Acquired immunity is not inherited. It is formed in relation to a specific type of pathogenic microbe as a result of contact with it, that is, it is strictly specific. This type of immunity is very stable; for example, after a smallpox, it is saved all life, and after a bark, typhoid fever — long years.

Non-specific resistance of the organism is determined by such factors of protection as barrier function of the skin, mucous membranes, lymph nodes, bactericidal substances of saliva, blood, excretory system, temperature reaction, etc. These factors do not require special rearrangement, but neutralize bodies and substances altogether mainly due to mechanical or physical-chemical action.

Distinguish antibacterial and antitoxic, antiviral and antiparasitic forms of immunity (depending on the fact that against which agents the protective forces of the body are directed). However, it should be borne in mind that absolutely autonomous forms of immunity does not exist, they are all interconnected and exhibit their effects in the body with the participation of all its systems.

In infectious diseases, the pathogens of which are pathogenic bacteria, an antibacterial immunity is formed. In the blood and lymphoid-macrophage system of the bacterium undergoes cellular and humoral factors. The state of immunity, in which the body completely released from the pathogen, got the name of sterile immunity. In tuberculosis and other infections that have a long course, relative immunity coincides with a certain period of time with the presence of pathogens in the body of the infection. Such an immunity is called non-sterile.

Immunity, which is produced in the body in response to the release of exotoxins by pathogenic microbes, is called antitoxic. Consequently, in the process of evolution of protective reactions, the organism has developed the ability to neutralize not only microbes, but also their poisons — toxins.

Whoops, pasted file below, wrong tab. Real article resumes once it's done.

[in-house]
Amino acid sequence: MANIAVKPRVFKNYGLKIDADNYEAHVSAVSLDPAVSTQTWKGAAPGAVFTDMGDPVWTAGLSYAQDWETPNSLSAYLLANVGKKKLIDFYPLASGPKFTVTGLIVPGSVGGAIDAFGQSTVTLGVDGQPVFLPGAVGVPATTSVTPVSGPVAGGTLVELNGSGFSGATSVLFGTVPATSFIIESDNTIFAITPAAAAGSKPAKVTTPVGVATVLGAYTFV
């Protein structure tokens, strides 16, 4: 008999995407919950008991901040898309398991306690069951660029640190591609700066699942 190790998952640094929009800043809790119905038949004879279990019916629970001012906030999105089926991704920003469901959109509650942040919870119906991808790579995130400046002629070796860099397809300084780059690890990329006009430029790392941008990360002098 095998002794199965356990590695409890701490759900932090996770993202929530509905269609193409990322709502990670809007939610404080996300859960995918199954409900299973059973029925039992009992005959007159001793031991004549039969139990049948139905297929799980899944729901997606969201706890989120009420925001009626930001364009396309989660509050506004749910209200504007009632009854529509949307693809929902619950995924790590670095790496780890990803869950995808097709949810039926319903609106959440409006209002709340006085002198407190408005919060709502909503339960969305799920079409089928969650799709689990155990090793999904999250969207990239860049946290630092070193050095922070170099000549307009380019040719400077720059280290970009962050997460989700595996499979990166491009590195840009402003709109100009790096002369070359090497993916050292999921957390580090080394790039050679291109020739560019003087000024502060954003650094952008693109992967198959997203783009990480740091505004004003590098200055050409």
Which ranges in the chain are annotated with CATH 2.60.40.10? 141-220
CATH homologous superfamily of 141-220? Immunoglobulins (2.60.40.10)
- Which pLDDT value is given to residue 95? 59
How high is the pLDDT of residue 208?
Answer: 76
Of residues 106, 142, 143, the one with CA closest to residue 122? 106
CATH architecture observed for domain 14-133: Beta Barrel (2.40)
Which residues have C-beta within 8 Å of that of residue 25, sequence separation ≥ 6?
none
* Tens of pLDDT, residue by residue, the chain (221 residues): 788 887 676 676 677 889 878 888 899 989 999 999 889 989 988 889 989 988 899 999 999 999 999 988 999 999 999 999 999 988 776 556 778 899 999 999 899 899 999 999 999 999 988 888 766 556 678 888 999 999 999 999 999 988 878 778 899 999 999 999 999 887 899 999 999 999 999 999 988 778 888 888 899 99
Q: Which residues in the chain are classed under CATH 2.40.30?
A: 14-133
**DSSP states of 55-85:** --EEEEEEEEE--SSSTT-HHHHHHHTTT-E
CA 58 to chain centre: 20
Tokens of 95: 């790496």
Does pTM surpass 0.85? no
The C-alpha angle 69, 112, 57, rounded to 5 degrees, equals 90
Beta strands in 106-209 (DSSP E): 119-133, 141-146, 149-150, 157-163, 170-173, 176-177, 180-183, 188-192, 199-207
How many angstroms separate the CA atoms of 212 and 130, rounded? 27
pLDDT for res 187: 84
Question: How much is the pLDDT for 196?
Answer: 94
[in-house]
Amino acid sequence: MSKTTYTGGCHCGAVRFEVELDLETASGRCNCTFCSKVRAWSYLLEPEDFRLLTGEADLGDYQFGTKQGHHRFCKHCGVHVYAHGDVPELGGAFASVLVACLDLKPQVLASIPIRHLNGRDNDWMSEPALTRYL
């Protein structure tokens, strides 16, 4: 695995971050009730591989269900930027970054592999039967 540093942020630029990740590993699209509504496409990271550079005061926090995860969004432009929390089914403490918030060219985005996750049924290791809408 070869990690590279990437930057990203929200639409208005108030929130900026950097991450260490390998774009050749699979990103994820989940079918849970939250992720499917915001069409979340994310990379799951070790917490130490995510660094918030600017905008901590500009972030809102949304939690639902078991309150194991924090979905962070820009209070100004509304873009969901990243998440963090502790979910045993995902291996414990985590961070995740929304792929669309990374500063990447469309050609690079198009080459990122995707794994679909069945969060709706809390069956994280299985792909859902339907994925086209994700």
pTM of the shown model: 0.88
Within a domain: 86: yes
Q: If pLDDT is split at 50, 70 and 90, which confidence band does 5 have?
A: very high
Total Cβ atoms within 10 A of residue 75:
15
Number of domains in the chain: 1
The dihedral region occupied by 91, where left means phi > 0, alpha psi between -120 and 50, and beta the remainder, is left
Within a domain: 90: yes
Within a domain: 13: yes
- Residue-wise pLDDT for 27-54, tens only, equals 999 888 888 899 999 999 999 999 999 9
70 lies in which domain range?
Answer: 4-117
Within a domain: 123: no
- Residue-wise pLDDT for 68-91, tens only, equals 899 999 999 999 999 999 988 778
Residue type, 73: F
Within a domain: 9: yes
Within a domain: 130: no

With viral infections, the body uses all its protective forces to neutralize the virus and neutralize its toxins. Antiviral protective reactions of the organism are divided into nonspecific and specific. An integral part of the first is interferon — an inducible protein, opened in 1957. It withstands low temperatures, heating and ultraviolet irradiation, does not lose activity under the influence of acids and alkalis, non-toxic, is formed by the system of limpous organs and cells. Interferons are synthesized by UIITO and UIUO in response to the action of natural (viruses, endotoxins, intracellular parasites) and synthetic (high and low molecular weight) inductors. Interferon acts on the intracellular stages of reproduction of a wide range of RNA and DNA-containing viruses, suppressing the translation of viral information RNAs and their biosynthesis.

It has been shown that interferon digests the gene for an antiviral protein, which is localized in cells of the human body in chromosome 21, the virus does not act as an interferon itself, but an antiviral protein, the synthesis of which in cells is induced by interferon (F. I. Iershov, A. S. Novohatsky , 1980).

Specific cellular protection of the organism is associated with the participation of sensitized T-lymphocytes that do not act on the virus, and with the help of lymphotoxins destroys infected cell viruses.

The immunity of the organism to pathogenic parasites (malarial plasmodia, trypanosomes, etc.) has been called parasitic-immune immunity. The development of such immunity depends on the localization of the parasite. This form of immunity is determined by the protective effect of IgE and increased activity of phagocytes.

In addition to the above-mentioned forms of protection, there are concepts of collective (group) immunity, transplantation immunity, etc.

Currently developed methods to create artificial immunity. Active artificial immunity is produced by the introduction into the body of weakened or killed pathogens of infection. This causes a mild form of the disease, during which specific antibodies are formed in the body and the person becomes immune for a long time before the disease against which the vaccine was made. This vaccine is used against poliomyelitis, tularemia, pertussis and other diseases.

Preventive vaccination plays an important role in the fight against infectious diseases.

Passive immunity is created by introducing into the body therapeutic serums containing ready-made antibodies against pathogens. This immunity is retained for several months. Therapeutic serums extract from the blood of animals (often horses), which gradually introduce more and more doses of infectious material. In blood, animals accumulate antibodies. From time to time such blood is taken out and manufactured from therapeutic serum.